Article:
On the third night, the solar wind reached level 4 by the Aurora forecast (10 is the strongest). We drove out from Reykjavik city center. About 20 minutes out of the city, we found a dark enough spot to watch this magnificent scene unfold. The various shapes of dancing color made by solar wind decorated the sky like green and purple drapes. I mounted my camera on the ground, and kept shooting to capture the moment. It was, hands down, the happiest night of my life.
Poland gave birth to two of the most well known scientists: Marie Curie, the first woman to win a Novel Prize, and Nicolas Copernicus, who formulated the heliocentric model of the universe. Marie Curie was born and studied in Warsaw, and later spent a majority of her time in Paris. There’s a museum dedicated to her in Warsaw where she was born.
Krakow was where Nicolas Copernicus studied. He transferred to the University of Krakow from his hometown Thorn. His time in Krakow gave him a thorough grounding in the mathematical-astronomical knowledge taught at the university (arithmetic, geometry, geometric optics, cosmography, and theoretical and computational astronomy). Although there’s nothing left to see, I enjoyed feeling the presence of one of the greatest astronomers in history.
Furthermore, there’s a monument of Copernicus at Jagiellonian University’s church. This is memorable because it’s quite unusual for churches to have a statue of a scientist, especially one who wrote a book against the church’s teachings. The heliocentric model was highly advanced theory in the 16th century. Technically Copernicus didn’t have a problem with the Roman Catholic Church during his lifetime (because the book was published after his death). Maybe that was a smart move; we all know Galileo was under house arrest later in his life due to this belief.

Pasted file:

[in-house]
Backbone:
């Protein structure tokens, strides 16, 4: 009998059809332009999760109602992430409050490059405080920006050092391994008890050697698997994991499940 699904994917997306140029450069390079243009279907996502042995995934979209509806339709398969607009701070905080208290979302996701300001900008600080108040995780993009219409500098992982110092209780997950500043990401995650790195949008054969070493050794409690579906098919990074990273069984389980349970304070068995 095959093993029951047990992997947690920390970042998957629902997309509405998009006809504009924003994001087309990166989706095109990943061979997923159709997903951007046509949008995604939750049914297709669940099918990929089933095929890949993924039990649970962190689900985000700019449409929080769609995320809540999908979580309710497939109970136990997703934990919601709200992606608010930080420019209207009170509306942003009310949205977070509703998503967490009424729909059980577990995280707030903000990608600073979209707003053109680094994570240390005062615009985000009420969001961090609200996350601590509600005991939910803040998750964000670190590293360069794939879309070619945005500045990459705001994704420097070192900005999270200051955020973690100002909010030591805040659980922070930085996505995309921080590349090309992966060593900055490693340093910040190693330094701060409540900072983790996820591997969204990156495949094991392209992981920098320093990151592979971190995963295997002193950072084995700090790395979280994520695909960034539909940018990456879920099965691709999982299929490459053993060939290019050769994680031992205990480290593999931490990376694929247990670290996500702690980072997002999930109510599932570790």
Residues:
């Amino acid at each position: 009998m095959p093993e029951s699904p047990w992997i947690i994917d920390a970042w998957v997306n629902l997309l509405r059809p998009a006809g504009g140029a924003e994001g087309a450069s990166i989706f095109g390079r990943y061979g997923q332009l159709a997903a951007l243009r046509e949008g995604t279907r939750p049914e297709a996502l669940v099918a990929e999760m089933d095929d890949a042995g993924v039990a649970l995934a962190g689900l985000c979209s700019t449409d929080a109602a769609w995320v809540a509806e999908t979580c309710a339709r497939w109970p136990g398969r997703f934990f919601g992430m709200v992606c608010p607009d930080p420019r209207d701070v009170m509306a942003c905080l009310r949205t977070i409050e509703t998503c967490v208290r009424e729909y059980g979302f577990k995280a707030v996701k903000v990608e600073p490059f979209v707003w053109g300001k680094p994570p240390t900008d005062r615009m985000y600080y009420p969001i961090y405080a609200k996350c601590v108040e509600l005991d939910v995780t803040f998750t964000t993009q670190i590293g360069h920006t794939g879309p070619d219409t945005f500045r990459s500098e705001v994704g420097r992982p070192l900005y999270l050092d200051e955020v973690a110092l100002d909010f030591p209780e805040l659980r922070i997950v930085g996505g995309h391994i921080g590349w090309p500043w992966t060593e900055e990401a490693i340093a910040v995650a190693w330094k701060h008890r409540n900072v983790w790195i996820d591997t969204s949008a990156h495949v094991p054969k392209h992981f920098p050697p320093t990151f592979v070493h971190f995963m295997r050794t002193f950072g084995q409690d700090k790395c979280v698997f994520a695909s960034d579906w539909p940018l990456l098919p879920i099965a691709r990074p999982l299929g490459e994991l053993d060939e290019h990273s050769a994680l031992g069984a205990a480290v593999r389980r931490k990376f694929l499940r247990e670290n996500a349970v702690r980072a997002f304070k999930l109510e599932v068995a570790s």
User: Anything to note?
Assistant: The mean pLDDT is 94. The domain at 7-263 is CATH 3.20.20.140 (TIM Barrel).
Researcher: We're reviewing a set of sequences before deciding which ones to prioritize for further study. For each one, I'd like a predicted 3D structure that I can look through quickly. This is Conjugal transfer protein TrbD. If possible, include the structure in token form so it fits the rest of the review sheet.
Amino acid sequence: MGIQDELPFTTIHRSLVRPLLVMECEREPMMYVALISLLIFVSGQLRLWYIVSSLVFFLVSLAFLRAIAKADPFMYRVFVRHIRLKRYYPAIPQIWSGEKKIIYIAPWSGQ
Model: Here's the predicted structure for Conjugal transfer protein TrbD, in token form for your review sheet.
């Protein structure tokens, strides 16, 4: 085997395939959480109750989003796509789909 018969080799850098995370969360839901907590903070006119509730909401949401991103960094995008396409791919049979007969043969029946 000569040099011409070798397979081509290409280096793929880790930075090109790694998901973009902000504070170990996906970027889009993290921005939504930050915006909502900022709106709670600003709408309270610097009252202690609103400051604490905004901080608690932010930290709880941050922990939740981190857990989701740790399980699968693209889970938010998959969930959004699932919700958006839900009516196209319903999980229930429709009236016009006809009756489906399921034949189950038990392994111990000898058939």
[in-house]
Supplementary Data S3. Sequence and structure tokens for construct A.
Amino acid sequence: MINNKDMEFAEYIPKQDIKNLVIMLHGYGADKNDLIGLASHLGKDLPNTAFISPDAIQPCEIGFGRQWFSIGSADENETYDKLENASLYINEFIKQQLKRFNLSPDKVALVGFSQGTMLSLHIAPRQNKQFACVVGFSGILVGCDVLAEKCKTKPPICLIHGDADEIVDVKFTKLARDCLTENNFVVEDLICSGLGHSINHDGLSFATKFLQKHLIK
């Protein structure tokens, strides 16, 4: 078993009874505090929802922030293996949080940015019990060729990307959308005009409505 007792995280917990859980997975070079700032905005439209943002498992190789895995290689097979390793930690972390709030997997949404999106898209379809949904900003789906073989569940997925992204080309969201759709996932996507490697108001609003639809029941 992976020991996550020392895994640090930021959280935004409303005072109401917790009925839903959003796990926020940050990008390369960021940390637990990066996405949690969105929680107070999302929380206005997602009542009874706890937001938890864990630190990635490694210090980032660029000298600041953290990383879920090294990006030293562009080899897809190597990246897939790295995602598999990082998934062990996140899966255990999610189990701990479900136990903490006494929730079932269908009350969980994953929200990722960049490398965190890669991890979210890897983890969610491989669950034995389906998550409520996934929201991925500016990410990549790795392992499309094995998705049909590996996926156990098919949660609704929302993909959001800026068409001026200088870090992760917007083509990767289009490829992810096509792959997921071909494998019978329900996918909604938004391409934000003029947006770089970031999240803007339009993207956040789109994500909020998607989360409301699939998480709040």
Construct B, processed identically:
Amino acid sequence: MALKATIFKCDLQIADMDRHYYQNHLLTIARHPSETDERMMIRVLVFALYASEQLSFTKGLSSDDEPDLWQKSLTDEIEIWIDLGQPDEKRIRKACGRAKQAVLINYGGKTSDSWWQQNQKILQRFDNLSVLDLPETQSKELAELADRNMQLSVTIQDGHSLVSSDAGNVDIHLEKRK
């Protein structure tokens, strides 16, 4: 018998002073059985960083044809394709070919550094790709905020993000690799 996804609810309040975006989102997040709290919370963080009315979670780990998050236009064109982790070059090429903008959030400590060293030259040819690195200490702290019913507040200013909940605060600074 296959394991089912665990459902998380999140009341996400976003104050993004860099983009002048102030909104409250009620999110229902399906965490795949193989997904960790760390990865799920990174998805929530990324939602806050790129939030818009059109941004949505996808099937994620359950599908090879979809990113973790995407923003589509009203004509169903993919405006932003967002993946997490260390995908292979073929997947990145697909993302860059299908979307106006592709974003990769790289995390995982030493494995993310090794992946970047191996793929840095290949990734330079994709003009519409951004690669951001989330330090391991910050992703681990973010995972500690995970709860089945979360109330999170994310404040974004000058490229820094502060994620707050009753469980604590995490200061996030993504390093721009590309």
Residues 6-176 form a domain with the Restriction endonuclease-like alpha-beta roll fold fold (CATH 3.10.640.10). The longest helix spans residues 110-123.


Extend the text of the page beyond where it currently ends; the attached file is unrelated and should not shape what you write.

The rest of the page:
5. Oak Ridge, Tennessee, USA
My interest in the Manhattan Project started with Richard P. Feynman. I always admired his talent on teaching, but never knew his involvement with important projects like the Manhattan Project or Challenger’s explosion investigation. I got to learn a lot about Feynman by listening to his popular autobiographies ‘Surely You’re Joking Mr. Feynman’ and ‘Why Do You Care What People Think?’. His intelligence, wittiness, and curiosity about the world were quite fascinating.
I was fortunate enough to encounter Room 109 in Santa Fe, where scientists for the Manhattan Project first met, and the Trinity Site in New Mexico during my road trip last year (same trip when I visited VLA).
We stopped at Oak Ridge, Tennessee to visit our friend’s parents, but I didn’t know the town was home to the other half of the Manhattan Project facilities (other than Los Alamos where Feynman worked). The American Museum of Science and Energy (AMSE) had an extensive exhibition, The Story of Oak Ridge, panorama of historical photographs, documents and artifacts explaining the Manhattan Project and the construction of Oak Ridge. They offer a tour to the actual Oak Ridge facilities for US citizens only.
Some of the technical information was too difficult for me to understand, but to see the story of war that was quite closely related to Korea’s history was like reading a history book from the other side. If the atomic bomb wasn’t successful, who knows how the world would be by now.
Juno, I appreciate you sharing these geeky destinations and your wonderful photography with us for Geek Takeover Week. You can follow Juno’s continuing adventures through Twitter @RunawayJuno, her Facebook Fan Page, and blog RunawayJuno.com.